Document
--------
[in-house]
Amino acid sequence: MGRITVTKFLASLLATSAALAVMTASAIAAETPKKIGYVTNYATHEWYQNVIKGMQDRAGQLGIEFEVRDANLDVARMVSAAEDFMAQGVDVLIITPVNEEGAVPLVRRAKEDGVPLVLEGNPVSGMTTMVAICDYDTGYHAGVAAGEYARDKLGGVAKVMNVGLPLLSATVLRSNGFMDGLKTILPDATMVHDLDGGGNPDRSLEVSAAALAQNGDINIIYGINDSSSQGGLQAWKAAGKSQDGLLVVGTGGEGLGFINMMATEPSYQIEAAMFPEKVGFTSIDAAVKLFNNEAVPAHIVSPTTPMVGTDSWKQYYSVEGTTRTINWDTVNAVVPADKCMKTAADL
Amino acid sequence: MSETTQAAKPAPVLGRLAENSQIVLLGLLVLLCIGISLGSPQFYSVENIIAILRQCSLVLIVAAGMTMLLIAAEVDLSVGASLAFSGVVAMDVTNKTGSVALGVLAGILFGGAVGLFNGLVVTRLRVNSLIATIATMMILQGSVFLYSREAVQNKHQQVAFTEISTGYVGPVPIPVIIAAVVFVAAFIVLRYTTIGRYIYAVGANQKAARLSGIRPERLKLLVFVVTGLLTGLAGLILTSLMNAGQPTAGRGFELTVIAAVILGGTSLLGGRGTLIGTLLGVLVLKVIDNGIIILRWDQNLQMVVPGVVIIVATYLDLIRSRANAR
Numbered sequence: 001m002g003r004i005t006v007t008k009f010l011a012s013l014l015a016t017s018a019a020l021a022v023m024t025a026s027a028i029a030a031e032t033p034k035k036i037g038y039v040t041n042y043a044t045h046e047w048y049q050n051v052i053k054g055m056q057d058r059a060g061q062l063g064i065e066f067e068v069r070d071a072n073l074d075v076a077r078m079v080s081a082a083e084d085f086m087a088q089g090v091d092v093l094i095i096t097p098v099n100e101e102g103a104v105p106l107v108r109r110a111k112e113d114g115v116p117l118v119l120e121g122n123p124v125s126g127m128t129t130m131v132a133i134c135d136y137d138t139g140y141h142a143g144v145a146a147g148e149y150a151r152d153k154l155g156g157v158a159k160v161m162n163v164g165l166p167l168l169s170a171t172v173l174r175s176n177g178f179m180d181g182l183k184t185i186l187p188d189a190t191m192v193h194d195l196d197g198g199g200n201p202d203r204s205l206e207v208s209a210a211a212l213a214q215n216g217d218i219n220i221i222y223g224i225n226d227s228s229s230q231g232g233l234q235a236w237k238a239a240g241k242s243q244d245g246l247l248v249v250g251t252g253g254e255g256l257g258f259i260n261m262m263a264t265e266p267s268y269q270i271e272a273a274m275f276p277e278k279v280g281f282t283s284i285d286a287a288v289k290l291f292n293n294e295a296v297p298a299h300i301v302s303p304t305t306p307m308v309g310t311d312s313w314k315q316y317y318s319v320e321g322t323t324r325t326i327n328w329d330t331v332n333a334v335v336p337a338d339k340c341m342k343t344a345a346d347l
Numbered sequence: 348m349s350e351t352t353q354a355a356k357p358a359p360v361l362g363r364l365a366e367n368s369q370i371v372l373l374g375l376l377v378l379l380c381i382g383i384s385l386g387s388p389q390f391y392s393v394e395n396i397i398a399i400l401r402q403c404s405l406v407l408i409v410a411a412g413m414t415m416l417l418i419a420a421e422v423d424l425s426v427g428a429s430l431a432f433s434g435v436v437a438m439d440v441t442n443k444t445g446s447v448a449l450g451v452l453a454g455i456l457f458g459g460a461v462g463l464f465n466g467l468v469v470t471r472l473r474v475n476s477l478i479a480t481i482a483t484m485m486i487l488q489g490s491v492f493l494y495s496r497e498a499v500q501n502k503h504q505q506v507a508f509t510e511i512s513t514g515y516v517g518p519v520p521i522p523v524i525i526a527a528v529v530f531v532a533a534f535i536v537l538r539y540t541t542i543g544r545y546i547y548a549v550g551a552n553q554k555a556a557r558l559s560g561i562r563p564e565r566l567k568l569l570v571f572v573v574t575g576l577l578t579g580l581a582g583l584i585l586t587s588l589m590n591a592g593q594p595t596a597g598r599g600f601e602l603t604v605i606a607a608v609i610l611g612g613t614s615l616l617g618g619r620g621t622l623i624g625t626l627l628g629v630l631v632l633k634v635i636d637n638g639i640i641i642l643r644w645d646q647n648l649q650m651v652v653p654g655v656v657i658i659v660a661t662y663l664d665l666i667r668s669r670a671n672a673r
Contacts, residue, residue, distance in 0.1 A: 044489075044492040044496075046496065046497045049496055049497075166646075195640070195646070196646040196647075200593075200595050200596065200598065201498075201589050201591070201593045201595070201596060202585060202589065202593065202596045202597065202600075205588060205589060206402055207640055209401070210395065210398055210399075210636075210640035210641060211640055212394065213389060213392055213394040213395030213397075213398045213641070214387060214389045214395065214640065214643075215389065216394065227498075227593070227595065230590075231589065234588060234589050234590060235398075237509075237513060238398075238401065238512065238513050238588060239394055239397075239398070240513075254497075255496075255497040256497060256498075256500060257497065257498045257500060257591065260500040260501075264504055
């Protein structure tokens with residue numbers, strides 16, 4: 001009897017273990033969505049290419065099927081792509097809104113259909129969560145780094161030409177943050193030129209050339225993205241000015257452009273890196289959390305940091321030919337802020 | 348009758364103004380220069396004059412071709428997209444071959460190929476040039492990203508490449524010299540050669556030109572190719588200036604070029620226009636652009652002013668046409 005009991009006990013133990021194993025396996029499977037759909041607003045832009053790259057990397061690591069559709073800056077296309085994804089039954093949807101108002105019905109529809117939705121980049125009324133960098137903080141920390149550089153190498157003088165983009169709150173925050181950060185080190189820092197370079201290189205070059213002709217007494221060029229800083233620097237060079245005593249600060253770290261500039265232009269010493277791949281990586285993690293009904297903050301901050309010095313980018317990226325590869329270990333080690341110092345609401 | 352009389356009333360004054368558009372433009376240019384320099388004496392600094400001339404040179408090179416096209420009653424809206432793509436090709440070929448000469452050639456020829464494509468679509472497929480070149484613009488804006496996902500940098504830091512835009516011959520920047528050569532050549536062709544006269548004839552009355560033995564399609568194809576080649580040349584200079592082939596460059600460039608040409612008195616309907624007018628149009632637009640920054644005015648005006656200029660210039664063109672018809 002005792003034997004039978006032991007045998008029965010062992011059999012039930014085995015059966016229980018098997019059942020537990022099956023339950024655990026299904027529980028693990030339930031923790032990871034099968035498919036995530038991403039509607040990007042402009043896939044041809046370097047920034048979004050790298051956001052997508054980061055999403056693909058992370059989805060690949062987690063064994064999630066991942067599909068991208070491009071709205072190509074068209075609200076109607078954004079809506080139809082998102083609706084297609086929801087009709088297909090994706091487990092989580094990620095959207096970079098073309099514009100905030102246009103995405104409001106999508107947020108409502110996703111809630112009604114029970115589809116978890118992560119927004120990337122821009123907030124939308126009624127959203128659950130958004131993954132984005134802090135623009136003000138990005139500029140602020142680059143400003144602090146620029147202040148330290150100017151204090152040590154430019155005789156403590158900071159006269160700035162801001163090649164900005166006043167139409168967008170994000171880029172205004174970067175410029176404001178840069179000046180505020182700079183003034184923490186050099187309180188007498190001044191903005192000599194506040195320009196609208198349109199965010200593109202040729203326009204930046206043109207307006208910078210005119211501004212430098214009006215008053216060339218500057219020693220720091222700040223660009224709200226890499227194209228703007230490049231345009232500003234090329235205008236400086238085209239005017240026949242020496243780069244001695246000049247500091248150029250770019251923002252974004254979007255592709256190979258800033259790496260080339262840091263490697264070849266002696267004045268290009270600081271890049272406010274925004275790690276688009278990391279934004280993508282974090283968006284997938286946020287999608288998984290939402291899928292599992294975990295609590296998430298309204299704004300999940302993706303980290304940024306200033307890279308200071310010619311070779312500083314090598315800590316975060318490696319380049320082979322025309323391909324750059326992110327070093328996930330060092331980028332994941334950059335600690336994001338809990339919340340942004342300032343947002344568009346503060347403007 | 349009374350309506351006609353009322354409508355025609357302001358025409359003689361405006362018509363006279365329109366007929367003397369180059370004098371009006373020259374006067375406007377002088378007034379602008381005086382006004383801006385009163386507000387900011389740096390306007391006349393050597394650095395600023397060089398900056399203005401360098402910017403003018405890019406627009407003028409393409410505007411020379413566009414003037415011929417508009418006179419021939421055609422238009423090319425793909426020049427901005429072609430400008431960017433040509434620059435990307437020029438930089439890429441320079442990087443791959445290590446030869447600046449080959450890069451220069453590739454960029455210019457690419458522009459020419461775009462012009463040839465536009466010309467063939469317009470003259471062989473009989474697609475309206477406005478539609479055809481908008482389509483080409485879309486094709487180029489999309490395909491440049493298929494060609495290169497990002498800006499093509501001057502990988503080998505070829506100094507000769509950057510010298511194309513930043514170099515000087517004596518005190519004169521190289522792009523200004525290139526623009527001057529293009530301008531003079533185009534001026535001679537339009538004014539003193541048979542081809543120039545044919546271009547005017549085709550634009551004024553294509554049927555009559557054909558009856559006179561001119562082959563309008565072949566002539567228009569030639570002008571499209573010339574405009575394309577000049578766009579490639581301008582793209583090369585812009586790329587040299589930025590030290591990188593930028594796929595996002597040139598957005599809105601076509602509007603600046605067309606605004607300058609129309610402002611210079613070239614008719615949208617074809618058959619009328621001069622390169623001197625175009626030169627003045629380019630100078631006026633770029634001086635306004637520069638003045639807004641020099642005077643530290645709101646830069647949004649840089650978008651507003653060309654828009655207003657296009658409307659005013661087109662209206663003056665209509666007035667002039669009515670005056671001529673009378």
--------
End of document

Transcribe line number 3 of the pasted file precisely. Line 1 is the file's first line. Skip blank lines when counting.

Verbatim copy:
Amino acid sequence: MSETTQAAKPAPVLGRLAENSQIVLLGLLVLLCIGISLGSPQFYSVENIIAILRQCSLVLIVAAGMTMLLIAAEVDLSVGASLAFSGVVAMDVTNKTGSVALGVLAGILFGGAVGLFNGLVVTRLRVNSLIATIATMMILQGSVFLYSREAVQNKHQQVAFTEISTGYVGPVPIPVIIAAVVFVAAFIVLRYTTIGRYIYAVGANQKAARLSGIRPERLKLLVFVVTGLLTGLAGLILTSLMNAGQPTAGRGFELTVIAAVILGGTSLLGGRGTLIGTLLGVLVLKVIDNGIIILRWDQNLQMVVPGVVIIVATYLDLIRSRANAR